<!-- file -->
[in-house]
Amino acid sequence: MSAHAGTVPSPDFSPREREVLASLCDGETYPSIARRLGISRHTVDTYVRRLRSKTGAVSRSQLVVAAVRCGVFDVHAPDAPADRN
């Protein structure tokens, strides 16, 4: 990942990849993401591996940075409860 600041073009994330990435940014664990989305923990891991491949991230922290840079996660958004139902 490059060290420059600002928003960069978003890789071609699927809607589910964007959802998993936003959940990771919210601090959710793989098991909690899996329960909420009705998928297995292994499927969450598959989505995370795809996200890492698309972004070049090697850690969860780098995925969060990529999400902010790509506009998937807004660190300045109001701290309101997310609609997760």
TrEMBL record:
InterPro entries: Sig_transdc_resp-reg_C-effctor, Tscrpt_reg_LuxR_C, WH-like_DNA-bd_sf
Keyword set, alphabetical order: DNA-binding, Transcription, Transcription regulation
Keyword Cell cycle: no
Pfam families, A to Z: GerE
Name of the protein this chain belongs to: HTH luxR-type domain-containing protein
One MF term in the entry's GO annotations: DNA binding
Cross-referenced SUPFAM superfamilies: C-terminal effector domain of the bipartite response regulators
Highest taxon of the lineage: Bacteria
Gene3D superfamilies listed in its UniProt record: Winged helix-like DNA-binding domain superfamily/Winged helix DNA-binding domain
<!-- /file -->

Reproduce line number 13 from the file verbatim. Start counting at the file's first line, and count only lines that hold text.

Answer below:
Gene3D superfamilies listed in its UniProt record: Winged helix-like DNA-binding domain superfamily/Winged helix DNA-binding domain